Being popular isn’t all it’s cracked up to be.
Shirayuki finds herself at the center of a storm both political and martial this week, as various story lines converge and new ones begin to take shape. Princes in the ball room, kidnappers in the hall, and unwanted ships and ‘ships looming just out of sight. So much for my “sleepy little slice-of-life fairy tale” synopsis.
As Shirayuki told us last week and as the episode title reminds us, “change” continues to be the main focus of this cour, and especially the small, subtle shifts occurring within and between individuals. In Tanbarun, Raj takes Shirayuki’s words to heart and seeks to build something more meaningful than the… well, neither of them quite know what their relationship is right now, but Raj wants to be respected by the one person who demands he earn that respect, and so he gets to work proving to her that he’s a capable ruler.
Along the way, he actually starts to become a capable ruler, too, learning more about his kingdom and taking other people’s concerns (such as Shirayuki’s anxieties about the ball) into account. He’s still Raj—still wearing his emotions on his sleeve, still prone to temperamental outbursts and ridiculous poses—but he’s beginning to “acquire what he lacks,” growing into someone worthy of Shirayuki’s esteem.
True to its title, Snow White hasn’t been afraid to play with classic fairy tale arcs and tropes, but outside of the premiere they’ve tended to be fairly indirect or vague, such as “the prince falls for the commoner” or “the girl gets locked in a tall tower” (and then dives out the window like a boss). This week, though, the imagery seems to intentionally and directly allude to Disney’s Beauty and the Beast, particularly with Raj’s expansive library and the rose that symbolizes his hope (and skepticism) for an improved relationship with Shirayuki.
Which is fortunate, as I likely wouldn’t have noticed the parallels otherwise, and they’re mighty fine parallels. Raj may have never been a literal beast, but he was a self-centered ass who acted on his basest impulses with no consideration for others until Shirayuki (and Zen, to a lesser extent) came along and challenged his worldview, pushing him towards respect and responsibility.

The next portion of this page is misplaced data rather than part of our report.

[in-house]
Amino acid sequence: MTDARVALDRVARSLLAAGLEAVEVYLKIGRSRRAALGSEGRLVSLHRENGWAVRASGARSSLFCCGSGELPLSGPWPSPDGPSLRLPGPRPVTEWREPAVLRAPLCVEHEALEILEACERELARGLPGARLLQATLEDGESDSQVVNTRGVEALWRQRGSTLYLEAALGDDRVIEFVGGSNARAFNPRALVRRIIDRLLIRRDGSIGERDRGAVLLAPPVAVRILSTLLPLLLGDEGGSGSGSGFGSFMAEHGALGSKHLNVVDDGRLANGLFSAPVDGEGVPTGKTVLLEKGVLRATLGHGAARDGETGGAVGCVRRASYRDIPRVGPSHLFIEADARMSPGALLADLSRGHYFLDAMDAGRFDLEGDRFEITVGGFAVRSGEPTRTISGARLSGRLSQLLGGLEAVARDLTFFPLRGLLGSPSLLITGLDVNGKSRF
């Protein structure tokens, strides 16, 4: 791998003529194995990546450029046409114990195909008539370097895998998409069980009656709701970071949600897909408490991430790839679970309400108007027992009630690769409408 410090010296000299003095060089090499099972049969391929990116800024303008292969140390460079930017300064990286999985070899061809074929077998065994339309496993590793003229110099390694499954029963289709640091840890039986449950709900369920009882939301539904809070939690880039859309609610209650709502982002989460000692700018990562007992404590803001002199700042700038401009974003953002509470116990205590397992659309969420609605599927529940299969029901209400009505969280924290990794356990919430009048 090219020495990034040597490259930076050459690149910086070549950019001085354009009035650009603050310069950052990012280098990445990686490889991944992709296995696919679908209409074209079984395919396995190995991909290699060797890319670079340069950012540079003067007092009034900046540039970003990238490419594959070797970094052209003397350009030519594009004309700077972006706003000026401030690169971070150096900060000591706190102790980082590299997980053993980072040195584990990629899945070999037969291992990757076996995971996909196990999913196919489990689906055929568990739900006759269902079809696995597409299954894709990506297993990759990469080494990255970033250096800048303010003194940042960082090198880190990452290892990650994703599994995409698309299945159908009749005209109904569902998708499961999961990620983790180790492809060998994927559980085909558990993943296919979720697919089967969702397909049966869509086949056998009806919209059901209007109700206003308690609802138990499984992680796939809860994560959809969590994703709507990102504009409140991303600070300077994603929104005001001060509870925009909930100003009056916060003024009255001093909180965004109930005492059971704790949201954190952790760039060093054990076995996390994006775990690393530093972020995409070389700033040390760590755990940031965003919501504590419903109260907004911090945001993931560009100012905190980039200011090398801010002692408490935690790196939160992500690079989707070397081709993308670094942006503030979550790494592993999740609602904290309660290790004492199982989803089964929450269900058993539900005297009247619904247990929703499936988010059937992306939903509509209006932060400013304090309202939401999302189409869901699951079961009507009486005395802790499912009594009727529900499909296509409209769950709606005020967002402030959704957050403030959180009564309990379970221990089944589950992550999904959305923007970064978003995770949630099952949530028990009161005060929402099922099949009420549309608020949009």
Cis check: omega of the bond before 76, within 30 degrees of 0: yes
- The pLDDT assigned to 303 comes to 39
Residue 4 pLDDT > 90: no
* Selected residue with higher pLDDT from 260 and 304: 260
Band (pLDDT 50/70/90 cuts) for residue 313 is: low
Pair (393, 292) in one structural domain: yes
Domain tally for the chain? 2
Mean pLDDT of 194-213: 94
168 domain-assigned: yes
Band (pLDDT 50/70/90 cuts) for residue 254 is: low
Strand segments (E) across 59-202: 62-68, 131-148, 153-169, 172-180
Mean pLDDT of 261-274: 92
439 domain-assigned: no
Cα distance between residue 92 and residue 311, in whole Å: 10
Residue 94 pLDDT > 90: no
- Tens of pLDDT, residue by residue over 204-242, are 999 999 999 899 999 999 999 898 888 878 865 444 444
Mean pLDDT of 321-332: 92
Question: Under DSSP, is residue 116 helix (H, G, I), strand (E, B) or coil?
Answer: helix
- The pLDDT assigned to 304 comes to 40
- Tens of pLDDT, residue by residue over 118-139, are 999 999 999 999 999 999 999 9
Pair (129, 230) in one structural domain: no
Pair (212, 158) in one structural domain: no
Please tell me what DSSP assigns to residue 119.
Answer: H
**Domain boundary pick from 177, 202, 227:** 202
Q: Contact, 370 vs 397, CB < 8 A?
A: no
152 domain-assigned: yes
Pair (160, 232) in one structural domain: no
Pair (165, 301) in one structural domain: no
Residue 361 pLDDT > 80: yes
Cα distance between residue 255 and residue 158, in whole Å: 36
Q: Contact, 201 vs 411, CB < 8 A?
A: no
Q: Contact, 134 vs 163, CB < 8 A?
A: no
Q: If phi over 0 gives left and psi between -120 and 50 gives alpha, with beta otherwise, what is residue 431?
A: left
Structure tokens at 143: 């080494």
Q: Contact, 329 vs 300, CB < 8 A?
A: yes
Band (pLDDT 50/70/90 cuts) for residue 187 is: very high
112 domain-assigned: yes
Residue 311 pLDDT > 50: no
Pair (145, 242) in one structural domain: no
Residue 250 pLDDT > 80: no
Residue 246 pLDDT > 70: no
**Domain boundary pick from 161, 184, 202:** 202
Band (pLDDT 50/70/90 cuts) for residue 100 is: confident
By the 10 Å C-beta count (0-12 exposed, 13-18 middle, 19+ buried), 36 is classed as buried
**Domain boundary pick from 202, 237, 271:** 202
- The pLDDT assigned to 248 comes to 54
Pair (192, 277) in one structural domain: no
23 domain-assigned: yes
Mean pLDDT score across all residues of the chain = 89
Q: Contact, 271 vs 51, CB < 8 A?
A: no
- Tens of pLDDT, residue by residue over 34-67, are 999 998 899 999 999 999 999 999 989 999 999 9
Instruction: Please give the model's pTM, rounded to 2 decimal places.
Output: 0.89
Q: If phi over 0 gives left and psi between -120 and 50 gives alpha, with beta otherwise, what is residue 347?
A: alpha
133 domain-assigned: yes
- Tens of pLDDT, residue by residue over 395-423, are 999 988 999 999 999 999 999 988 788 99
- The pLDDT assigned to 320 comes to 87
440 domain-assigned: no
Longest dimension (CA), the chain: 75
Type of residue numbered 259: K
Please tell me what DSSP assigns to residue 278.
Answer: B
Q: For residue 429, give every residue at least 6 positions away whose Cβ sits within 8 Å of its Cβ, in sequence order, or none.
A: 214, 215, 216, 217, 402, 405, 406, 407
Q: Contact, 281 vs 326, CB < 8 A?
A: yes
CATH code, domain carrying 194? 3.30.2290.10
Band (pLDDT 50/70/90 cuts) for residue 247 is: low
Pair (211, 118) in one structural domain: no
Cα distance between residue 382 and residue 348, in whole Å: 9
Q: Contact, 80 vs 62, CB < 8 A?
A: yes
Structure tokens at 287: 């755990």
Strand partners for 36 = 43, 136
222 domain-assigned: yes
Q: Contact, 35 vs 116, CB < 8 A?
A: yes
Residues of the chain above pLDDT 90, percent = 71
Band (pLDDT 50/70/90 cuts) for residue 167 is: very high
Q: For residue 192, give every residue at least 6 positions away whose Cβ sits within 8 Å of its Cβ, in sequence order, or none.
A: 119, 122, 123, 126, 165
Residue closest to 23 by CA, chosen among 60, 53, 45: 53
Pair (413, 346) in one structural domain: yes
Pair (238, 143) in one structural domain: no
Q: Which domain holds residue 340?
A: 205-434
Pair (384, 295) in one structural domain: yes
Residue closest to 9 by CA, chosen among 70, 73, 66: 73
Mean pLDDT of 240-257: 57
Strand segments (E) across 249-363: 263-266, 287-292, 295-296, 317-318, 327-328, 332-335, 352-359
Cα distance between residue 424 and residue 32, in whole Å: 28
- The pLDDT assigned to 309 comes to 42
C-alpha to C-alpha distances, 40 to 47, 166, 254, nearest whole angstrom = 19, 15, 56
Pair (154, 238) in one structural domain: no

As it’s done from the start, Snow White seeks to modernize these fairy tales by adjusting key elements. Where the original Beauty and the Beast is a (not untroubling) tale about “gentle woman civilizing beastly man” and/or “the power of love to change people,” ours really isn’t. While it helps that early-Zen contrasts so strongly with early-Raj and keeps the story from making blanket statements about gender, the central difference is that this isn’t a love story.
As such, it’s about respect instead of romance, and about becoming a good ruler rather than a good husband. (Remember, Shirayuki won’t acknowledge Raj until the people of Tanbarun approve of him first.) Our Beast is learning how to consider a kingdom’s needs by first considering the needs of a single person. Our Beauty changes others because she believes in their ability to change themselves. Removing the romance makes this a much more nuanced story, and in many ways a more inspiring one, too.
But just as things start going well in Tanbarun, trouble comes roaring out of Clarines. I owe Mihaya an apology, because despite last week’s moth foreshadowing he did in fact turn down Kazuki’s offer and reported to Zen. And the news ain’t good: Team Kazuki learned of Shirayuki’s departure and are on their way to Tanbarun. (So too is a busty lady-pirate, but only the audience knows about her right now.)
This news spurs Zen into all kinds of action and leads to the second major relationship shift of the episode. He approaches Izana for “permission” to go to Tanbarun, but it’s a question asked out of courtesy rather than absolute loyalty; Zen is going to protect Shirayuki whether Izana wants him to or not. And why is that?